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Gamma Linolenic Acid (GLA)

Common names: Gamma linolenic acid also is known as GLA and gamolenic acid.

Efficacy rating:

ÒÒÒ...Positive clinical trials

Safety rating:

...No safety concerns despite wide use.

What is Gamma Linolenic Acid (GLA)?

GLA is found in the seeds and oils of a range of plants including Onagraceae (evening primrose), Saxifragaceae (borage), and Rubaceae (blackcurrant). The richest source of GLA is borage (Borago officinalis).

What is Gamma Linolenic Acid (GLA) used for?


Fatty acids are the basic building blocks for all lipids. They consist of chains of carbon and hydrogen with an end acid group. Fatty acids vary in length and degree of saturation and generally are up to 26 carbons long. The polyunsaturated fatty acids contain more than 1 double bond. The double bonds are at carbon 3 (n-3) or 6 (n-6). GLA falls into the latter family, known as omega-6 fatty acids.

The actual location of the double bond significantly affects metabolism of the fatty acid, such that the structure and function of omega-3 derived eicosanoids differ from those derived from the omega-6 fatty acids (eg, arachidonic acid). For example, omega-3 derived eicosanoids tend to decrease blood clotting and inflammatory responses. This contrasts significantly with the arachidonic acid (omega-6) derived eicosanoids, which increase clotting and inflammatory responses.

Unsaturated fatty acids are essential components of cell membranes and can influence receptors, enzymes, ion channels, and signal transduction pathways. They can influence numerous inflammatory and immunological processes.

Traditional/Ethnobotanical uses

The evening primrose plant is native to North America and was introduced into Europe in the 17th century. Native Americans consumed the leaves, roots, and seedpods as food and prepared extracts of the oil for use as a painkiller and asthma treatment. Some of these early therapeutic effects are thought to be because of GLA, which is found in high quantities in the oil.

In the 1930s and 1940s, several investigators found dietary supplementation with essential fatty acids such as GLA to be of therapeutic value in atopic dermatitis (AD). The advent of topical glucocorticoids brought an end to this form of treatment. However, by the early 1980s, there was a return to using these agents because of the unwanted side effects of glucocorticoids, and they have regained scientific interest. Over the last 2 decades, numerous other indications have been proposed for GLA.

Rheumatoid arthritis

Clinical studies using GLA (evening primrose oil, borage seed oil, blackcurrant seed oil) suggest a potential relief of pain, morning stiffness, and joint tenderness in rheumatoid arthritis sufferers. Benefits appeared to be increased when dosages were greater than 1.4 g/day of GLA, and administered for at least 6 months.

Cardiovascular protection

The apparent low death rate from coronary heart disease among Eskimos has focused interest on the potential benefits of the n-3 polyunsaturated fatty acids. A small clinical study showed benefits in lowering total cholesterol and LDL, and raising HDL cholesterol. These effects suggest that GLA may contribute to cardiovascular protection. However, this is still an area of controversy.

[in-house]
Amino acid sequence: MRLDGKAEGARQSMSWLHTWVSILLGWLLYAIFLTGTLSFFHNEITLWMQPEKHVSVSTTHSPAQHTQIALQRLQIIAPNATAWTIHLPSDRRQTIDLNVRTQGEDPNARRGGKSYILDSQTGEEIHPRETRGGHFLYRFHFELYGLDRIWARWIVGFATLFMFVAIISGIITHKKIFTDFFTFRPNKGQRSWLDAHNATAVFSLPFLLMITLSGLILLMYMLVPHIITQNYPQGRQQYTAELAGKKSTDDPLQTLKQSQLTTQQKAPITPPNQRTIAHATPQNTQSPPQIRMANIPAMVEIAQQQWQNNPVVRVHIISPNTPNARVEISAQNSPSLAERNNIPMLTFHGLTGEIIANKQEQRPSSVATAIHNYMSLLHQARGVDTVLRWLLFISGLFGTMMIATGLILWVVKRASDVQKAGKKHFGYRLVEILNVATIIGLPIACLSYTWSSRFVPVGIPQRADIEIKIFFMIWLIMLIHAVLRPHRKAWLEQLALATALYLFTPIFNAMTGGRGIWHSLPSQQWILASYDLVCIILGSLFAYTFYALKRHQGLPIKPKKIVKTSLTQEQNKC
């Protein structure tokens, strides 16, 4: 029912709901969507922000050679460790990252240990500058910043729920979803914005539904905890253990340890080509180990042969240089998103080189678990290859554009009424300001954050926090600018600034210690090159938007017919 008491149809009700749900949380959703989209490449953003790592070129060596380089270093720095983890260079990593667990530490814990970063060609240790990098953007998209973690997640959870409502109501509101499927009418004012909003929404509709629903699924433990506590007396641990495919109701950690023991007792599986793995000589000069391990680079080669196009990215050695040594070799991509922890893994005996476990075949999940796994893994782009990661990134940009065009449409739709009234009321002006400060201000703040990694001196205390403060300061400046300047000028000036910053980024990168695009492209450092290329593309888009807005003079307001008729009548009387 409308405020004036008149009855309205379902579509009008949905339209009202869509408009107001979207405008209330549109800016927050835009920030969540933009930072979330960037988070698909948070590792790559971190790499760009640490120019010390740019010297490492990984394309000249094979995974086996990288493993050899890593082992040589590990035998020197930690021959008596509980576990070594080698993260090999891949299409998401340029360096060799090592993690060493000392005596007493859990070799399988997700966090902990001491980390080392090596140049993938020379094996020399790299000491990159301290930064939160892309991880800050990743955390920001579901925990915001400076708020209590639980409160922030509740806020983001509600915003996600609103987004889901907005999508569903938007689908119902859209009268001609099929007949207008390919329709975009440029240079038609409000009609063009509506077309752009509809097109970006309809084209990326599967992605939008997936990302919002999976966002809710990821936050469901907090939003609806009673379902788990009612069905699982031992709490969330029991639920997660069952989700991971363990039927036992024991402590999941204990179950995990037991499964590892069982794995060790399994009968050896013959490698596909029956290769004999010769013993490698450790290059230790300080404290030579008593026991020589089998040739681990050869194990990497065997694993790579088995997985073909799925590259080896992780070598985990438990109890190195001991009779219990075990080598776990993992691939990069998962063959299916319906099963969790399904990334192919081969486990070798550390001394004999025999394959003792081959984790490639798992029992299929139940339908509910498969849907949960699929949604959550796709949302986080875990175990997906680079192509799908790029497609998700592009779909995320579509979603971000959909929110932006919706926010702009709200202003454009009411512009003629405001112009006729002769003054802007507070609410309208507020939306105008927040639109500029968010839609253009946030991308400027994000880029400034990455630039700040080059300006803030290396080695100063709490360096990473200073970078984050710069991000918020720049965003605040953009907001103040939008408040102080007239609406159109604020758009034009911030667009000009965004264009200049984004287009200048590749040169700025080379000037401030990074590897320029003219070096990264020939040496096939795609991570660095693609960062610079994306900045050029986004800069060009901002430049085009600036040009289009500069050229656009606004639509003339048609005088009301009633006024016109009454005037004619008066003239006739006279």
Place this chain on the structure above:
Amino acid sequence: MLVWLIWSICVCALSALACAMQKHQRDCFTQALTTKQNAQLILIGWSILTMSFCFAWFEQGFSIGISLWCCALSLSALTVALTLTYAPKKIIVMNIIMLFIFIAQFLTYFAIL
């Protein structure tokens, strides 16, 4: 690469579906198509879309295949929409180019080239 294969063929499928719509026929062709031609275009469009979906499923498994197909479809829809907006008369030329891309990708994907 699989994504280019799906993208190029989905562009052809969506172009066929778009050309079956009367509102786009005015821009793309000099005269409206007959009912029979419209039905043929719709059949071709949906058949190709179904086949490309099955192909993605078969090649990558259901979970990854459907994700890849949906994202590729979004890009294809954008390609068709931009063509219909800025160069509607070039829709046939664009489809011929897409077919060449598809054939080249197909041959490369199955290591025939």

Diabetes mellitus

GLA has been studied as for its possible benefits for diabetic neuropathy. Diabetic patients have abnormalities of essential fatty acid metabolism, and therefore require higher amounts of essential fatty acids. Studies have shown that the development of cataracts, retinopathy, and cardiovascular damage can all be slowed by the administration of large daily doses of essential fatty acid. Clinical studies have demonstrated consistent and progressive improvement of neuropathies when treated with GLA.

Atopic diseases/Asthma/Psoriasis

GLA has been shown in clinical studies to reduce itching, redness, and toughness of atopic skin. GLA also reduces the inflammation and overall severity of atopic dermatitis, while atopic disease in children often presents as bronchial asthma later in life. However, there have been no animal or clinical studies regarding the use of GLA for atopic bronchial asthma. Although psoriasis does not have an atopic component, the use of GLA has been investigated clinically with inconsistent results.

Other uses

GLA supplementation has been shown to increase lymphocytes, a key component in immune response. It also has been proposed that GLA may play important roles in cancer treatment. Small clinical studies have shown some improvement in immunologic status with estrogen-sensitive breast cancer and bladder cancer. Clinical studies have shown that GLA is effective in relieving PMS symptoms, including breast pain.

What is the dosage of Gamma Linolenic Acid (GLA)?

GLA has been studied clinically for a wide variety of conditions, including asthma, dermatitis, and arthritis. Oral doses in trials have ranged from as little as 0.5 to 3 g per day.

Is Gamma Linolenic Acid (GLA) safe?


Contraindications have not yet been identified.


Not to be used by pregnant women and nursing mothers unless recommended by a physician.


None well documented.

Side Effects

No serious adverse effects have been noted.


Research reveals little or no information regarding toxicology with the use of this product.


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Further information

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